Christianity Is Easy
The clouds were hanging over us as a mass of darkness threatening to overtake all of Krabi. We raced to our car to escape being drenched in its rage. It was a Friday morning. Jason was set to meet a friend in Ao Nang (the nearby beach town) for breakfast and a conversation about a passage on the Bible. Every chance he has to meet up with this friend, I go with him to visit my favorite coffee place: To get a cup of good coffee and spend an hour or two with Jesus. Just Him and me.
The clouds broke loose into a violent storm not long after we got inside our car. The strong wind forcing the rubber and palm trees, which famously surround this area and normally stand tall and mighty, to sway back and forth was inescapable. The downpour was crushing most things in its midst without much of a fight. It shrouded any sign of life outside our tiny car.
I can understand some Jews choosing to become Christians because it’s so easy to become one. I would never ask someone to convert to my religion because we have too many rules to follow.
Armed with my mangled umbrella in one hand, my Bible and journal in another, Jason dropped me off the pavement in front of the coffeehouse. Walking eagerly while battling the raging rain towards it, my enthusiasm plummeted to see the horde of frustrated tourists on every corner of the coffeehouse; there was not a seat left. The usually quiet coffee spot I go to for some solitary time was invisible at this minute. As the tourists were, I was dismayed; nevertheless I ordered my usual cup of freshly brewed house coffee. A table vacated, and I jumped at the momentary chance I had to take it.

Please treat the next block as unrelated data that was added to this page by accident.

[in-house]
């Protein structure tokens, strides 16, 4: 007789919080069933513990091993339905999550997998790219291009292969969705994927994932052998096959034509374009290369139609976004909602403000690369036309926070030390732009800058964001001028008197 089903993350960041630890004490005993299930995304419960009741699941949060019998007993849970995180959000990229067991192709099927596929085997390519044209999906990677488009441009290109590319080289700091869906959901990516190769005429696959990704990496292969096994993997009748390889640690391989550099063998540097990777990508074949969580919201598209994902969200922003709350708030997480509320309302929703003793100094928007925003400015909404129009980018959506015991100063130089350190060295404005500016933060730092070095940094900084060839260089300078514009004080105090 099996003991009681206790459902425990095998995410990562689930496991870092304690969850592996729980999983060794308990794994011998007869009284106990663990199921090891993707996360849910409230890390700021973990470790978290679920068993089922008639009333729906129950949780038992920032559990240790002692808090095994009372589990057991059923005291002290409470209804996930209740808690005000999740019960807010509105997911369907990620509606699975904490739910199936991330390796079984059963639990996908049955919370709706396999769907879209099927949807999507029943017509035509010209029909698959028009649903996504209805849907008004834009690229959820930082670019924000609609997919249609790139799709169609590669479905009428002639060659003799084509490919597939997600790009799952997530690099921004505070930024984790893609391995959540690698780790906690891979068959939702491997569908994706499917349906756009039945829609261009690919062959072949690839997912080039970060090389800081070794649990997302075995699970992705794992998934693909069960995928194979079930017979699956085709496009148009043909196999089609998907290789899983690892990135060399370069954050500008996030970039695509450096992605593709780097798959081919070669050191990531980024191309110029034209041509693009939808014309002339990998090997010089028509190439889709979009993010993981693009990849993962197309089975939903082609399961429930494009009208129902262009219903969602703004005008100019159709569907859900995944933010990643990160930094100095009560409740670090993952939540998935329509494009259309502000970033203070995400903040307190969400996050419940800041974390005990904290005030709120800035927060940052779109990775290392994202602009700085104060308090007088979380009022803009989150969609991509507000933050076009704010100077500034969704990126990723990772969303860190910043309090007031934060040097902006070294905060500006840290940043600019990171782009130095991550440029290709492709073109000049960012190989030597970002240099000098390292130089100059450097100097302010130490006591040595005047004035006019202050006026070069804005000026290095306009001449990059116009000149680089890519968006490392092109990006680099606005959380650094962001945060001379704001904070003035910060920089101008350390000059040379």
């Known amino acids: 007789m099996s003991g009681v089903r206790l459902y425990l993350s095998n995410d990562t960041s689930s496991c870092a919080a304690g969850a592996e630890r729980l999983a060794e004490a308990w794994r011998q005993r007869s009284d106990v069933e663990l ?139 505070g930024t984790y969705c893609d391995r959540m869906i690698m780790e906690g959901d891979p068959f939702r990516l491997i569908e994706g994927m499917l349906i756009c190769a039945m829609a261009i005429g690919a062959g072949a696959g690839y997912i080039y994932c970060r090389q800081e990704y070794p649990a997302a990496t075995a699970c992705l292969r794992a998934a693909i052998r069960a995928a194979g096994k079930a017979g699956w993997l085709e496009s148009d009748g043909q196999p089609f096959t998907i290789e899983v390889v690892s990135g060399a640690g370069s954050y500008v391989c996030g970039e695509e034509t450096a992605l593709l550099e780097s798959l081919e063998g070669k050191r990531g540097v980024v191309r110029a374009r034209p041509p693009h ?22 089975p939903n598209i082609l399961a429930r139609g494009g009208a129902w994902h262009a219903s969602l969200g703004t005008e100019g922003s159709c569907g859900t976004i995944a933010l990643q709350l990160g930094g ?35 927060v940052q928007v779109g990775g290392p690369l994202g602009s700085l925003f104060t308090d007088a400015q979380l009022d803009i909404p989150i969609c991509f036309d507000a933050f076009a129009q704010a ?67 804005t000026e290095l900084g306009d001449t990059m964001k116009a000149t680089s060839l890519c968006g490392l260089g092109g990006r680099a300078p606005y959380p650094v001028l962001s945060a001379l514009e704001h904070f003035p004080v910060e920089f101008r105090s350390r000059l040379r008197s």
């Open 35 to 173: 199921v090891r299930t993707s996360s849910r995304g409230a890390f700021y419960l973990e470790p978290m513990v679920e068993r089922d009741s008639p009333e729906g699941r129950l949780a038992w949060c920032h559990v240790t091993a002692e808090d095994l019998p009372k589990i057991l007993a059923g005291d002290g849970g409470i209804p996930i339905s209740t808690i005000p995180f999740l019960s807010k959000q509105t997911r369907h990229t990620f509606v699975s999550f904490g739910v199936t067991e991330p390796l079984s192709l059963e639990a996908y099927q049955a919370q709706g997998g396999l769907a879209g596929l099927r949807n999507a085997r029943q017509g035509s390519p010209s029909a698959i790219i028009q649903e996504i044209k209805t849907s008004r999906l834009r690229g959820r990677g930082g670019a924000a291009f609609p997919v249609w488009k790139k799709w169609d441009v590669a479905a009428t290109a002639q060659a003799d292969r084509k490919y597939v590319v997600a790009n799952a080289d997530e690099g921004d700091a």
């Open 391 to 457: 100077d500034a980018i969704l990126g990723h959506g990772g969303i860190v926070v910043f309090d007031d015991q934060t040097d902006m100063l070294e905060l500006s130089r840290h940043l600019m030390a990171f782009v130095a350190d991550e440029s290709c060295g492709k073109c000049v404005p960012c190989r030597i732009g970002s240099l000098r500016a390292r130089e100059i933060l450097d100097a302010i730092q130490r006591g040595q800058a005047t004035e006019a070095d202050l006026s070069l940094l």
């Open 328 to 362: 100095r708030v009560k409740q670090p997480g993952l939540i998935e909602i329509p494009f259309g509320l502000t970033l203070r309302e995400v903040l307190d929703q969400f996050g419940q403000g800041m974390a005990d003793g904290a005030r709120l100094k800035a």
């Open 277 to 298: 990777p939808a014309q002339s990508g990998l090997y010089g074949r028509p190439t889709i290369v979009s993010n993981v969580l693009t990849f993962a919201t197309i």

Straining myself to read the Bible, I knew my quiet time with Jesus was not going to happen with this crowd’s wild chatter surrounding the room. Two men with their dripping umbrellas suddenly turned up in front of me and inquired, “Hi, can we share your table?”
“Yes, sure,” I said without hesitation. I closed my Bible and focused on finishing my coffee.
The guy sitting next to me asked, “Is that a Bible?”
“Yes, it is,” I answered. “Are you a Christian?” the other guy joined in.
“Yes, I am. Are you guys Christians?” I responded.
“No, we’re not. We’re Jewish. We’re from Israel; we’re on vacation here.”
“Oh, really?!” I responded in obvious awe. I have never met Jews or anyone from Israel before.
One of the guys instantly declared, “I know the Bible speaks about us. I can understand some Jews choosing to become Christians because it’s so easy to become one. I would never ask someone to convert to my religion because we have too many rules to follow. It’s hard to keep them all. I would never put that burden on someone else.”
“Yes, you’re right about that.” His friend chimed in.
In the midst of my loud consciousness, it abruptly hushed and singularly resolved, “These guys have heard the Gospel.”
Our pastor’s recent sermon about surrendering all triggered a thought: this odd, forgotten incident leaped into remembrance and stole my attention. “It’s so easy to become a Christian,” was dancing in my head.